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February 03, 2011

Crisp on Davos: Invest in Health Worker Training

  Lord Nigel Crisp


Lord Nigel Crisp, a member of the Health Worker Migration Global Policy Advisory Council (the Council), served as Chief Executive of the U.K.’s National Health Service from 2000 to 2006. The Council’s secretariat is based at Aspen Global Health and Development (GHD), along with the Ministerial Leadership Initiative for Global Health (MLI).

As ministries work to strengthen health systems, health workers are a crucial ingredient, providing the services on the ground. In a recent blog at the Global Health Magazine, Lord Nigel Crisp reminded the “great and powerful” participants of the Davos World Economic Forum that everyone has a stake in ensuring all health systems are strong:

“[Devastating pandemics] will probably incubate in the poorest countries with the weakest health systems and develop there undetected before spreading outwards with all the facilities of the global transport systems at their disposal. We all need to be concerned about health in other countries and to cooperate if for no other reason than our own good.”

Lord Crisp is just back from Bangkok, where the Global Health Workforce (GHWA) hosted the Second Global Forum on Human Resources for Health on January 27-29, 2011. The Bangkok Outcome Statement couldn’t be clearer: “A robust health workforce is a core element of health systems in all countries, and critical to achieving the Millennium Development Goals (MDGs) and Universal Health Coverage.”

So what does this mean for the ministry leaders in MLI’s five countries?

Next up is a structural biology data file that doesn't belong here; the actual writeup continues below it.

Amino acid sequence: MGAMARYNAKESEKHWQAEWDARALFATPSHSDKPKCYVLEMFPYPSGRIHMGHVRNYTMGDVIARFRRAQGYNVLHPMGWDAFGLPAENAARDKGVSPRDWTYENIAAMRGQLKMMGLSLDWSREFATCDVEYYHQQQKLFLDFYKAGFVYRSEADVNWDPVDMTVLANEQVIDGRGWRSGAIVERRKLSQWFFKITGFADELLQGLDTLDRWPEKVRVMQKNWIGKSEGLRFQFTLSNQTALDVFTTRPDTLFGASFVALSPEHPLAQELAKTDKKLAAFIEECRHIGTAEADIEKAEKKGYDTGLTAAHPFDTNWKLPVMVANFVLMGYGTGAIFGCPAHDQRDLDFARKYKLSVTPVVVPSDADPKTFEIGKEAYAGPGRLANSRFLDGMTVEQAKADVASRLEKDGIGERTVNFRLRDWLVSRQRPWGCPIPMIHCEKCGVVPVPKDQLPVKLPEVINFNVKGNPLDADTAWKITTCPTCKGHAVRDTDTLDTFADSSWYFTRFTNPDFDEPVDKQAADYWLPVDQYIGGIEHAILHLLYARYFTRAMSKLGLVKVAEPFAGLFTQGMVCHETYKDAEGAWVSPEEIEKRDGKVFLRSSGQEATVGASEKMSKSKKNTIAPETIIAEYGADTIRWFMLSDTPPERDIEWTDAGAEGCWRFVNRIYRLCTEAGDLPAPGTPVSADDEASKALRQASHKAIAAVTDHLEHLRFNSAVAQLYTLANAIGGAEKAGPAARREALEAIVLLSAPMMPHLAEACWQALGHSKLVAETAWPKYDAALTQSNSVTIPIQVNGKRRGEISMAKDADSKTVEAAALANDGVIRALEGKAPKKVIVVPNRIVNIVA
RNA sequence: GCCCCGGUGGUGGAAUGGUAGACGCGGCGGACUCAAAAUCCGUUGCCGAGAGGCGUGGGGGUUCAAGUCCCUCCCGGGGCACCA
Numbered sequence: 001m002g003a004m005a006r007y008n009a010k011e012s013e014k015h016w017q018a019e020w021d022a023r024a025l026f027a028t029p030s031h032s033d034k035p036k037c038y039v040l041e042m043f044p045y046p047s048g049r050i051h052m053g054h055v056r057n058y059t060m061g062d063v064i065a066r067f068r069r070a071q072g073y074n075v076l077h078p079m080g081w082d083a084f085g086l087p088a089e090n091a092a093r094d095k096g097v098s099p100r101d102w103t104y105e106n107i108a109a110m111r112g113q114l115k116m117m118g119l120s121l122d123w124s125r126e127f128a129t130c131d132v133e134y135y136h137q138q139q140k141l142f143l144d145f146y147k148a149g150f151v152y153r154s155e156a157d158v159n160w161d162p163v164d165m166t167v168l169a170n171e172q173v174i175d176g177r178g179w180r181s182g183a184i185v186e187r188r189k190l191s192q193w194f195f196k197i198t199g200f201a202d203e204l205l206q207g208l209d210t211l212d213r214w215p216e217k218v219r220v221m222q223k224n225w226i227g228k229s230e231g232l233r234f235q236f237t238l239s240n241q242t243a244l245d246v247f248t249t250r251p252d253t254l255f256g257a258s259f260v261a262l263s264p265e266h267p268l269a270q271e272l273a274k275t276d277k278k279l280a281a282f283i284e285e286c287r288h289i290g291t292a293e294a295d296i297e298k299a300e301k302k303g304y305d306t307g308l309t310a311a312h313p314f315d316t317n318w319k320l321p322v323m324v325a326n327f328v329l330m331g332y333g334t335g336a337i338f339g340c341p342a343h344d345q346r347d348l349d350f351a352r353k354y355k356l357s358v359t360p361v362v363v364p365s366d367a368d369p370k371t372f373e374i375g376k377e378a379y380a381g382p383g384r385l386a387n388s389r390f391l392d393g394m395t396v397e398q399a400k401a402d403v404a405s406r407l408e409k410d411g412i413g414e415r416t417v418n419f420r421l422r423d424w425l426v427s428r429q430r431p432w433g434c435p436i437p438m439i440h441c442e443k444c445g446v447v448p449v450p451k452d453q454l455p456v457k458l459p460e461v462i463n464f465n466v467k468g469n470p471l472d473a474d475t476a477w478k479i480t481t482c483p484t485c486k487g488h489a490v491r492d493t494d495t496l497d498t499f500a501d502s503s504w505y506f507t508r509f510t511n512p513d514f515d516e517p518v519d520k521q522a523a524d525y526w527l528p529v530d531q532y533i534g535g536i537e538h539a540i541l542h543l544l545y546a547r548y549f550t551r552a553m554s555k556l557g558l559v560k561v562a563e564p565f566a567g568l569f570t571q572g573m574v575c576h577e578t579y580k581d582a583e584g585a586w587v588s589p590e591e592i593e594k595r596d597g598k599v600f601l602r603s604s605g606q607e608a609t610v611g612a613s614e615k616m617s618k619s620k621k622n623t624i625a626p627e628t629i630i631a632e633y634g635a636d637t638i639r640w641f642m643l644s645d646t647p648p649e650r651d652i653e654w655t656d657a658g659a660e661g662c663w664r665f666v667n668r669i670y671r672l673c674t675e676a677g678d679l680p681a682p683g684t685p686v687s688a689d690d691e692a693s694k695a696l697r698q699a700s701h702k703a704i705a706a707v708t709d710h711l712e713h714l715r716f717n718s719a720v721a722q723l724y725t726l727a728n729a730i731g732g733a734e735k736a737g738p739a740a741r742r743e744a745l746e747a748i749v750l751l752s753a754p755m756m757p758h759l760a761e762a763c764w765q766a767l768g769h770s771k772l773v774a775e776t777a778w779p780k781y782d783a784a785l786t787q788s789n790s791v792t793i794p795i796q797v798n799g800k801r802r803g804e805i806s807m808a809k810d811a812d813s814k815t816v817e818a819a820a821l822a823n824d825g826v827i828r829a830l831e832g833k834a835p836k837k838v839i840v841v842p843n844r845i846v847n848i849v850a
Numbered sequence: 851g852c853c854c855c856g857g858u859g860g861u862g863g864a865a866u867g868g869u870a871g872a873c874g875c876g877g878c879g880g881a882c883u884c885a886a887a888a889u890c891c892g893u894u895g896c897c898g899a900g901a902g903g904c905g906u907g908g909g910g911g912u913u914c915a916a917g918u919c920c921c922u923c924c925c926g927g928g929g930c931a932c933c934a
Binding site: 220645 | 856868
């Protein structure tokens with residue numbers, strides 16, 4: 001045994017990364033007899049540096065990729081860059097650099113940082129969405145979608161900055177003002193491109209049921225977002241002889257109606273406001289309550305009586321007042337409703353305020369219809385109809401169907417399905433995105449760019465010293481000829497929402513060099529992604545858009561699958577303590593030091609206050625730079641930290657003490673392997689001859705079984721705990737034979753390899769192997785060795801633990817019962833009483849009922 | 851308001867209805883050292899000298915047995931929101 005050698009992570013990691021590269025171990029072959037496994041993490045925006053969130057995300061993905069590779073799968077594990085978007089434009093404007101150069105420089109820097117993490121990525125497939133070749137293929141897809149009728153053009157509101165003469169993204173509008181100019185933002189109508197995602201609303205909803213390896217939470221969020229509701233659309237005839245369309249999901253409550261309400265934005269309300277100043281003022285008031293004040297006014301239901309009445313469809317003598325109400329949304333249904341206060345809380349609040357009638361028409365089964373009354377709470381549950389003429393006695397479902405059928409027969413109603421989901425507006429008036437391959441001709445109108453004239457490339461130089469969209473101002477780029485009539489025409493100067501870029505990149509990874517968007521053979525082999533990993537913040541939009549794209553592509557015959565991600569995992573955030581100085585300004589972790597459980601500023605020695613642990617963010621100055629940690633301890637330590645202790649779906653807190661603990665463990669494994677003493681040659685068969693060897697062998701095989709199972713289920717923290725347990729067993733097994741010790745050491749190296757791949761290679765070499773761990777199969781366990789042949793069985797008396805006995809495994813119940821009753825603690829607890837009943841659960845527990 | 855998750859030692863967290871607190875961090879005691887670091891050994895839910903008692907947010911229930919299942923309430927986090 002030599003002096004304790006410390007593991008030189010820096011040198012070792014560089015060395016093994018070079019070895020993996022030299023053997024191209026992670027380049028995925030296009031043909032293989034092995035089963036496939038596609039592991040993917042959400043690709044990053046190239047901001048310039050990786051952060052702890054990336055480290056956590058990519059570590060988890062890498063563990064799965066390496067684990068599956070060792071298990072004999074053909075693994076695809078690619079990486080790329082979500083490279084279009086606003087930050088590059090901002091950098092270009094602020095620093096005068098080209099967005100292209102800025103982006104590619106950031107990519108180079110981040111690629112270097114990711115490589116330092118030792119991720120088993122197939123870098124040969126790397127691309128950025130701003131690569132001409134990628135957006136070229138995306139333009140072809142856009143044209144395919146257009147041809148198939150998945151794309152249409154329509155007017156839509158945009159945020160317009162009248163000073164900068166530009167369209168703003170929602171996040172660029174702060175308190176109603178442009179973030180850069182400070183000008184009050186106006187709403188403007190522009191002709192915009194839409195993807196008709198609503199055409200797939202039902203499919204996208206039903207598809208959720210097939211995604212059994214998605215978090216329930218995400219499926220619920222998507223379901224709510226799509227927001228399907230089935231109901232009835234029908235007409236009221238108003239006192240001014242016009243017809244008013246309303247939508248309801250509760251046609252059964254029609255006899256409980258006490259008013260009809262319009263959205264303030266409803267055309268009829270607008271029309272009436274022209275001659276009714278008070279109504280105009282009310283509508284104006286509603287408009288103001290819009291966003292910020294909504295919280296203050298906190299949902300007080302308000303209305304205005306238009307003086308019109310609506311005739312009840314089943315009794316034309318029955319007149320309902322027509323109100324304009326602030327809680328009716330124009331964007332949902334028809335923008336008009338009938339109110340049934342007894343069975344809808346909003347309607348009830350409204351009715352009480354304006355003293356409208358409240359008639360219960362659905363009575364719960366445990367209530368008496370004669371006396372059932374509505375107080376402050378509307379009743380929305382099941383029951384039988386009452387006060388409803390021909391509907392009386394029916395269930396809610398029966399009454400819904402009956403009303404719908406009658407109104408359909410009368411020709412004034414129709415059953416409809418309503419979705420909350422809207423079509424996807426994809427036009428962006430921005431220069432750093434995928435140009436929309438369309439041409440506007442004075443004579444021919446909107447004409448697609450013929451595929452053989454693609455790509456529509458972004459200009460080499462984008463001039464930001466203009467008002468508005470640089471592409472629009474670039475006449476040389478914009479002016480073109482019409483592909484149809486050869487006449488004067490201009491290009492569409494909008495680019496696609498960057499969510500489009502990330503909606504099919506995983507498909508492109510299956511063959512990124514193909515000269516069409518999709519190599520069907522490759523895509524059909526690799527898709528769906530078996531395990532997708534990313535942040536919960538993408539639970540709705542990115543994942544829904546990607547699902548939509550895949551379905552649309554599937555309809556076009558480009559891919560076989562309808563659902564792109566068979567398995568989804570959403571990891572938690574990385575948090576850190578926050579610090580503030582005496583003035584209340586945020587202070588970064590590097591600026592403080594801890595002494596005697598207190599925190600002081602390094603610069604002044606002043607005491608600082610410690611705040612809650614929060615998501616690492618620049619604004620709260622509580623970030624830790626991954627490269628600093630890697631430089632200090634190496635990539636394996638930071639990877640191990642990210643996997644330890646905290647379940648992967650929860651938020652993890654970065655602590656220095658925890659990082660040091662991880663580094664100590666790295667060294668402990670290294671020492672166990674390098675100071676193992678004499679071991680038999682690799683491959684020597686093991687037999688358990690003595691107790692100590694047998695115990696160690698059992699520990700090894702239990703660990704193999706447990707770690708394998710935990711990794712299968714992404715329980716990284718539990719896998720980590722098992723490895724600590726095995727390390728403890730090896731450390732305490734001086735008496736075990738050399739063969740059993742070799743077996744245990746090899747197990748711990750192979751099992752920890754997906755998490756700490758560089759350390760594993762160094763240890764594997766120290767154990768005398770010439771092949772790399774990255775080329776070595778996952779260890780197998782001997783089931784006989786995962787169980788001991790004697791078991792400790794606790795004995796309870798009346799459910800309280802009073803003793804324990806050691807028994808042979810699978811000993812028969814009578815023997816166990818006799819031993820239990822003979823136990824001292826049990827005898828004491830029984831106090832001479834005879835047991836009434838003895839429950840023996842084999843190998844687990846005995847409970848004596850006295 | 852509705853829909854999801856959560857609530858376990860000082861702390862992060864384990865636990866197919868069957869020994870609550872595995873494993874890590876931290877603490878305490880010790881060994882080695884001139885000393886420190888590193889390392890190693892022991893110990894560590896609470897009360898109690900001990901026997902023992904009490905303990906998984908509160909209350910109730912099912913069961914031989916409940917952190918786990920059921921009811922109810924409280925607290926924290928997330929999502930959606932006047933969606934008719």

It means the challenge of working together with donor countries to mitigate the negative effects of health worker migration. “Happily,” Lord Crisp explains, “the world has just begun to take the first steps to act on the problem.

“The World Health Assembly has agreed on a Code of Practice, the UK increased its own training levels and effectively shut its borders to health workers in 2006 and even the U.S., the largest importer, has at last started to expand its medical schools.” And GHD’s Health Worker Migration Global Policy Advisory Council, of which Lord Crisp is a member, has highlighted some of the innovations countries have developed to manage the flow of trained caregivers from poorer to richer economies.

It also means working to support health workers in country, especially in rural areas, in order to retain them. GHWA posted a video exploring the effects of health worker migration and strategies for retention. But we have also heard about this directly from Dr. SAS Kargbo, Director of Reproductive Health in Sierra Leone’s Ministry of Health. 

“You hear about all the bad health indicators for Sierra Leone. The reason is because the resources are not there – the human resources.” Dr. Kargbo told John Donnelly that he has seen migration play out first hand, and even felt the pull himself.

“In my class, 53 of us got government scholarships, and 16 went into general medicine, but only four of those 16 went back to Sierra Leone upon completion of their studies.” Dr. Kargbo speaks of gratitude to his country, but also of the importance of worker recognition, a living wage, responsive management, and professional development opportunities. Health workers cannot subside on gratitude alone.

But even with better managed migration and health worker retention, the world needs more health workers. “About 135,000 trained health workers have left countries in Africa in the last 35 years,” writes Lord Crisp. “It is an enormous number, but 1.5 million are needed there today. If every African health worker returned home it wouldn't even deal with 10% of the problem.”

The solution? Support from donor organizations and countries – led by country ownership.